Opus Genetics Launches with $19 Million to Advance Gene Therapies for Retinal Diseases
September 22, 2021
The Retinal Degeneration Fund, the venture arm of the Foundation Fighting Blindness, launched Opus Genetics, a patient-focused gene therapy company developing therapies for orphan inherited retinal diseases.
RD Fund led the $19 million in seed financing with participation from the Manning Family Foundation and Bios Partners.
This is the first spin-out company internally conceived and launched by the RD Fund to further the Foundation’s mission aimed at rapidly driving research toward preventions, treatments, and cures for the entire spectrum of retinal degenerative diseases.
The initial seed funding will allow Opus to advance the preclinical research of its scientific founders, Jean Bennett, the F.M. Kirby Emeritus Professor of Ophthalmology at the Perelman School of Medicine at the University of Pennsylvania, and Junwei Sun, chief administrator of Penn’s Center for Advanced Retinal Ocular Therapeutics (CAROT), and Eric Pierce, the William F. Chatlos Professor of Ophthalmology at Harvard Medical School and Massachusetts Eye and Ear. Bennett and Sun were members of the Spark Therapeutics founding team that developed the first approved retinal gene therapy Luxturna.
“I’ve dedicated my career to the research and development of treatments for blinding diseases, and I’m eager to continue to build on this work with the RD Fund, an organization that understands the science and is deeply ingrained in the patient community,” said Bennett. “Founding Opus enables us to progress our first two programs in Leber congenital amaurosis while building an engine to move additional treatments toward the patients who need them.”
The company’s lead programs are licensed from the University of Pennsylvania and will focus on treatments to address mutations in genes that cause different forms of Leber congenital amaurosis (LCA), a group of rare inherited retinal diseases that typically present in infancy and are characterized by degeneration of photoreceptors, the cells in the retina that make vision possible.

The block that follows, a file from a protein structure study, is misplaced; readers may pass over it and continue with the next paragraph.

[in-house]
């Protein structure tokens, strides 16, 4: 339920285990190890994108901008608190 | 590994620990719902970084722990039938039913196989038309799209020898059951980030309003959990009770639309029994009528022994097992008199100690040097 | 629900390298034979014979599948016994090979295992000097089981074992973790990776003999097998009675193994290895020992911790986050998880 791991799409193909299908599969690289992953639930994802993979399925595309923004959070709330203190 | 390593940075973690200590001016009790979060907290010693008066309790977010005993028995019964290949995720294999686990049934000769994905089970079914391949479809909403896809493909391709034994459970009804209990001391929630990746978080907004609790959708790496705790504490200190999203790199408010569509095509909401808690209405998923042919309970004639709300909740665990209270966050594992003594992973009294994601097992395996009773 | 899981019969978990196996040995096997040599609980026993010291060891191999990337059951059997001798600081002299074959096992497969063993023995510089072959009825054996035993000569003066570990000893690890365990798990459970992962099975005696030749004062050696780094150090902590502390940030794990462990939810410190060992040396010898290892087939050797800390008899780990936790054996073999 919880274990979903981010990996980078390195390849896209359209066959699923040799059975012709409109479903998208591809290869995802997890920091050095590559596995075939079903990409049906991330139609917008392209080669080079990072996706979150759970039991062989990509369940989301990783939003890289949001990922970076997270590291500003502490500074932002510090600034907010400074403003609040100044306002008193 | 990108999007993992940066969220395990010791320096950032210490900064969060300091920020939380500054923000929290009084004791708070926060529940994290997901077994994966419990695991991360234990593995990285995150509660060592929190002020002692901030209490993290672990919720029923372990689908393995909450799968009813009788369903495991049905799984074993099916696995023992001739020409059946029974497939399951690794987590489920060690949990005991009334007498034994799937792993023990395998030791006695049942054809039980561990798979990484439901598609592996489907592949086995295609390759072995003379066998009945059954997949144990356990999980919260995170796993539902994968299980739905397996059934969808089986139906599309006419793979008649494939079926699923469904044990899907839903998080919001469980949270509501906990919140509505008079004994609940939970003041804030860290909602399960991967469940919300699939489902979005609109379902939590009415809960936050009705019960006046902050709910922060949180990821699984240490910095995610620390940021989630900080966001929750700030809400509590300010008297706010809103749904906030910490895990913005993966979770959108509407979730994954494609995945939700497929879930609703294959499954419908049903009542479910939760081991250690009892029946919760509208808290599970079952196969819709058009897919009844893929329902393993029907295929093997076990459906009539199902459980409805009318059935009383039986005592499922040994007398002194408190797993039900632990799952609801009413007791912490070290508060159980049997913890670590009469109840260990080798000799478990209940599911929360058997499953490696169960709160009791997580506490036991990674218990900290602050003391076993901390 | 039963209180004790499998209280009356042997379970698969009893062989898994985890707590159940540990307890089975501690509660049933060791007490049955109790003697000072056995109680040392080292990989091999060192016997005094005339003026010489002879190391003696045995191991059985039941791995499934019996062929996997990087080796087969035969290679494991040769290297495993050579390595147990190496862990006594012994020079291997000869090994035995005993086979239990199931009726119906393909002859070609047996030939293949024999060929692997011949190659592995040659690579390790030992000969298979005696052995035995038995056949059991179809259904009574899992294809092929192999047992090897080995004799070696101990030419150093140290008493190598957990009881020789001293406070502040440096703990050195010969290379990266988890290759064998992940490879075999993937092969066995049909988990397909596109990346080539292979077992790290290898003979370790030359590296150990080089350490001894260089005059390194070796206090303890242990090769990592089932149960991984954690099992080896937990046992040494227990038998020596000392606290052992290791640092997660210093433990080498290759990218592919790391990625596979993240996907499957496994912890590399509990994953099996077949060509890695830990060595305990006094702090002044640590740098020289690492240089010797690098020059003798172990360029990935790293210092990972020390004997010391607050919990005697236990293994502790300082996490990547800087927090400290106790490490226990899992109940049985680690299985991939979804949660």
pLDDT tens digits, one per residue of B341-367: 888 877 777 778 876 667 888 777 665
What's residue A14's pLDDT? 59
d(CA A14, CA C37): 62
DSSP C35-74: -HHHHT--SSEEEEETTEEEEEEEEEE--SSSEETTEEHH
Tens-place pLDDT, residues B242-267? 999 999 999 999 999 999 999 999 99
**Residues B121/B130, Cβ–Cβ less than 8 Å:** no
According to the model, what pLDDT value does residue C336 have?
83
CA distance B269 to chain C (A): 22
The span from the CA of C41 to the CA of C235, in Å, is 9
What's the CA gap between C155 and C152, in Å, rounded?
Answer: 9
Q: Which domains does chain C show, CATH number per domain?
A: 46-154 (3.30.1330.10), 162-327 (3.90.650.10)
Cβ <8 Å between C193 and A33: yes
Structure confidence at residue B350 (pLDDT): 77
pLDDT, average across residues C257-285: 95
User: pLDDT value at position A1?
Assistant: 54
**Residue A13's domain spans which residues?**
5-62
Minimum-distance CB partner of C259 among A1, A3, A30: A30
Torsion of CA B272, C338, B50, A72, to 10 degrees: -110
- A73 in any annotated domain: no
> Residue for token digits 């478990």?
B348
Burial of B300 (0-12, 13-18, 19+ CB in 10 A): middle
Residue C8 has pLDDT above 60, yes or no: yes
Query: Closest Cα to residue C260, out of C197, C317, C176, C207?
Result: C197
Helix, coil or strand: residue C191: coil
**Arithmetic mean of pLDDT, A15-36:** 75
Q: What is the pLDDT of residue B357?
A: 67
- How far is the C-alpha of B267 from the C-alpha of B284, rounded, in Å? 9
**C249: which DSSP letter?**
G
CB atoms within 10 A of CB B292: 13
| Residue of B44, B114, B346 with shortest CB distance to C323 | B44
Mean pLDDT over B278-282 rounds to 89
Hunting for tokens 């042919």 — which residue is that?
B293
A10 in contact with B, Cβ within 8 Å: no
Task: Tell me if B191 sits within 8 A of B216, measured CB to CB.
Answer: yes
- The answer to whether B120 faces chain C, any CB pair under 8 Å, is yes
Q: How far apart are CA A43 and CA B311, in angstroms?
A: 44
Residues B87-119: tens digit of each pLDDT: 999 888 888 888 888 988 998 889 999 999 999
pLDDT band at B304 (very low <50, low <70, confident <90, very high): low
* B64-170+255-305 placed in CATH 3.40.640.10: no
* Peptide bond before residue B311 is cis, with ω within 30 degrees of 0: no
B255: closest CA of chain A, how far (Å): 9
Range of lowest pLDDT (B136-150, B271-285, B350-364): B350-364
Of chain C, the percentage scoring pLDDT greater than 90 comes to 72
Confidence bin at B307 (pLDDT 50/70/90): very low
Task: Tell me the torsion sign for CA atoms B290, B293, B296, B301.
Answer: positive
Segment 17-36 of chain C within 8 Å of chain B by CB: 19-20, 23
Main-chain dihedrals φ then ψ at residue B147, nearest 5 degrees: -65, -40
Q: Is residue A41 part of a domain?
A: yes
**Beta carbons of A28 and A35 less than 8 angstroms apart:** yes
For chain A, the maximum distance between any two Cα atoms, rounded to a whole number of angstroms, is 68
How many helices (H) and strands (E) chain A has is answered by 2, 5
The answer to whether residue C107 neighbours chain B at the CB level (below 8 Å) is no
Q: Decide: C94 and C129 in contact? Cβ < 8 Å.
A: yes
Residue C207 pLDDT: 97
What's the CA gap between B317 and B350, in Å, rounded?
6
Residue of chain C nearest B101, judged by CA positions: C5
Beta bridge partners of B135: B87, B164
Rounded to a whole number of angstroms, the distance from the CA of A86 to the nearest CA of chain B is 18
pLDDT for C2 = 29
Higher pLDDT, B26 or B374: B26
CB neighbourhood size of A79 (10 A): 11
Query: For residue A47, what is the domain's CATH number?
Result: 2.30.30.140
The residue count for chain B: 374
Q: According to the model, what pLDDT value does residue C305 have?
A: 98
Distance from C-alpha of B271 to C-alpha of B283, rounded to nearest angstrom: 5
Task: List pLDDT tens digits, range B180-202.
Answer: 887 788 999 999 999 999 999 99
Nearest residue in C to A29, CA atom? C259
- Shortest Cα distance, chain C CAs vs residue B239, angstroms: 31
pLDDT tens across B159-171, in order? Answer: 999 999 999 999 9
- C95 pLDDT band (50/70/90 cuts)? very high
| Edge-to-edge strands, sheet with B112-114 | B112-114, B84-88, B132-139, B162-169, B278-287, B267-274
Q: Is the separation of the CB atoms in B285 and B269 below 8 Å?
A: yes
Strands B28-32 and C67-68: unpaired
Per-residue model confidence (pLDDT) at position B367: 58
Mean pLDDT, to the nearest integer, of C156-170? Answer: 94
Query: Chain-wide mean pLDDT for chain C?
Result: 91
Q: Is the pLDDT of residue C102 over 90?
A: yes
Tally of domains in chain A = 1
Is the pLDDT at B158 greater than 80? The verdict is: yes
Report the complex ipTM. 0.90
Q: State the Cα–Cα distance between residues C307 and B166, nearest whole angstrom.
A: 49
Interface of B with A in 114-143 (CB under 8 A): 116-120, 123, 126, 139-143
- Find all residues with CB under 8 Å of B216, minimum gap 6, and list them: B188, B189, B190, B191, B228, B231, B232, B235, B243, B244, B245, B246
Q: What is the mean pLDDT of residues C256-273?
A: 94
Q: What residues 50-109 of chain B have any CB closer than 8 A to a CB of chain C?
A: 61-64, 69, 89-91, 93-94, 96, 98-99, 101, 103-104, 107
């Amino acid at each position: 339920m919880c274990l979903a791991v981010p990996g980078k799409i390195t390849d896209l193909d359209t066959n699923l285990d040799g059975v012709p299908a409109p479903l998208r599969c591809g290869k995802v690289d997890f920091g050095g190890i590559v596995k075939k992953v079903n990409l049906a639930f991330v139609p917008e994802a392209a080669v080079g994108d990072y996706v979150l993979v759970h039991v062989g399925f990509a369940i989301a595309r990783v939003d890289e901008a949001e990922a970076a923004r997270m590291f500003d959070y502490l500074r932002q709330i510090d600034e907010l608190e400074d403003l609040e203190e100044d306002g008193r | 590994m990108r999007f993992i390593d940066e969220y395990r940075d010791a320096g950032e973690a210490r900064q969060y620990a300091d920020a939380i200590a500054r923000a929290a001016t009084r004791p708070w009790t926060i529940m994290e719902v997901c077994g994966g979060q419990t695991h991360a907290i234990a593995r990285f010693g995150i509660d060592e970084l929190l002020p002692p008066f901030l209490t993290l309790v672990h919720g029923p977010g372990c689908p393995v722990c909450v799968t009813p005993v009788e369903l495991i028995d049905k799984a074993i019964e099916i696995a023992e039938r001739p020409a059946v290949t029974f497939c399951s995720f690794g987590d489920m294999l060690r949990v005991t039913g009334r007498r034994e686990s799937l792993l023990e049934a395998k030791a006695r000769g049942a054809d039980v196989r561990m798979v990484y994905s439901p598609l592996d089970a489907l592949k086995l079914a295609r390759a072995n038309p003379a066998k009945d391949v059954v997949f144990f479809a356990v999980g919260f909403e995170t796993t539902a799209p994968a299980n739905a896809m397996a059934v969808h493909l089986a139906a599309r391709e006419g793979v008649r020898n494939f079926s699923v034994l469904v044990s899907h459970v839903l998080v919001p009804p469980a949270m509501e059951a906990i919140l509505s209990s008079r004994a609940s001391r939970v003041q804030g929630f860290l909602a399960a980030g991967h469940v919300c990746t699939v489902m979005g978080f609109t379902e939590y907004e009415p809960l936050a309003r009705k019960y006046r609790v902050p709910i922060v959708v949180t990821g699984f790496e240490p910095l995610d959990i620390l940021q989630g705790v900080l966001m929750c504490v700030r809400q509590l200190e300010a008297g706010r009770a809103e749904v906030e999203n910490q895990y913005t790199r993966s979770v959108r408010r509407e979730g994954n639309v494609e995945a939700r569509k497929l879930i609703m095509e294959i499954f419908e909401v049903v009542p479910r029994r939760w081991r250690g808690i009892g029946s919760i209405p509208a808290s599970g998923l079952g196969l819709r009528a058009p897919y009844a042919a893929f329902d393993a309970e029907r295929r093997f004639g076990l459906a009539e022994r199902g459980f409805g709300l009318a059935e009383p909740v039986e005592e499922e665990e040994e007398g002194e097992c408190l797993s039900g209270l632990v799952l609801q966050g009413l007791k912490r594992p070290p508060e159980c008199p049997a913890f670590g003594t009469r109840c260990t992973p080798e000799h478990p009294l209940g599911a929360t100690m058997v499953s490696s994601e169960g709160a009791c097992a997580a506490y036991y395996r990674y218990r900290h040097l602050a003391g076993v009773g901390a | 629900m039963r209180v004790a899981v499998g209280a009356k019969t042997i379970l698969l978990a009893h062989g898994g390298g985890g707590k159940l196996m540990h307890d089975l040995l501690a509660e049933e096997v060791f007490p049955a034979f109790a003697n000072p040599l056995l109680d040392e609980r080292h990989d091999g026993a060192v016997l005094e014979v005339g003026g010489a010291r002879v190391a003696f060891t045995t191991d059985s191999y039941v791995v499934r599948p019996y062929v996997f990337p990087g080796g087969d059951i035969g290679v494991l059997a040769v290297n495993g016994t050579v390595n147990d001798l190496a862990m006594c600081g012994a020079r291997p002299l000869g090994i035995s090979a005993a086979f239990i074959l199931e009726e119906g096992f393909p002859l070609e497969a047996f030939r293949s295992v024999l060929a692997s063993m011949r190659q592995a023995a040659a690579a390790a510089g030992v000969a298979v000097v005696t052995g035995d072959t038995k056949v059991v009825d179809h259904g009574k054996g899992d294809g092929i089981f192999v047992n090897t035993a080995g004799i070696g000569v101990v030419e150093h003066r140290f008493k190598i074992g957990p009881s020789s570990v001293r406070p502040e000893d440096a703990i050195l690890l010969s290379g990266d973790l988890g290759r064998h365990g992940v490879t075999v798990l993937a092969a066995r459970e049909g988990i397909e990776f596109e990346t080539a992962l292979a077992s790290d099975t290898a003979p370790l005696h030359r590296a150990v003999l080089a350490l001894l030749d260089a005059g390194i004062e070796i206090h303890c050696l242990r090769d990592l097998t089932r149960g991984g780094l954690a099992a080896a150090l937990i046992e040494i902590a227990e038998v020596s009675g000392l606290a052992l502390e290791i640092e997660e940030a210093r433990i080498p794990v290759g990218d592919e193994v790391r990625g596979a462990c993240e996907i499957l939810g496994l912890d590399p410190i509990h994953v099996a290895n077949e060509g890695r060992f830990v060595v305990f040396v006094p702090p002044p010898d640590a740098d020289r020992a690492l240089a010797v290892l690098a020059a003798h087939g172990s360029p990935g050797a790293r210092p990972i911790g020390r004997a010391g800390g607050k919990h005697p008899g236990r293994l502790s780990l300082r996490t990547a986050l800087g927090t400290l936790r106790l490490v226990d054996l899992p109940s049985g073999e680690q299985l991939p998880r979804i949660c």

Opus’s lead program, OPGx-001, is designed to address mutations in the LCA5 gene, which encodes the lebercilin protein. LCA5 is one of the most severe forms of LCA and affects approximately one in 1.7 million people. The company’s second program, OPGx-002, will focus on restoring protein expression and halting functional deterioration in patients with retinal dystrophy caused by mutations in the retinal dehydrogenase (RDH12) gene (LCA13), which affects one in 288,000 people. Recent preclinical data have demonstrated the potential for both these novel approaches to restore structure and function. Opus expects to file an IND for its OPGx-001 program in early 2022 and enter the clinic in mid-2022.
“Opus is a first-of-its-kind model for patient-focused therapeutic development. As the first company launched by the Foundation’s venture arm, RD Fund, Opus is uniquely positioned to bring experts, resources, and patients together to efficiently advance ocular gene therapies for small groups of patients that to date have been neglected,” said Ben Yerxa, CEO of the Foundation and the RD Fund, and acting CEO of Opus. “We’re grateful for our fellow investors and supporters who share our commitment to realizing the promise of improving vision for people with devastating sight-limiting diseases and look forward to building upon the pioneering work of Bennett, Sun, and Pierce, and expanding our pipeline with more programs soon.”
In addition to Yerxa, the company is co-founded and managed by Rusty Kelley, Peter Ginsberg, and Jason Menzo, who also form the management team of the RD Fund. The Board for Opus is comprised of Yerxa, Kelley, and Bennett.
“While potential treatments for these ultra-rare conditions have existed for years, families have been stuck in a holding pattern waiting on someone to deliver a feasible business model to bring them to market,” said Paul Manning, Manning Family Foundation. “We’re thrilled to be a part of the launch of Opus Genetics to establish a patient-first priority and build capabilities to tackle manufacturing obstacles and access to life-altering treatments for the people who need them most.”
The University of Pennsylvania, in a financial disclosure, said that as scientific collaborators, advisors, and co-founders of Opus Genetics, they hold an equity stake in the company, and as inventors of the licensed technology may receive additional future financial benefits under licenses granted by Penn to Opus Genetics. Bennett’s laboratory at Penn receives sponsored research funding from Opus Genetics. The University of Pennsylvania also holds equity and licensing interests in Opus Genetics.
Author: Rare Daily Staff
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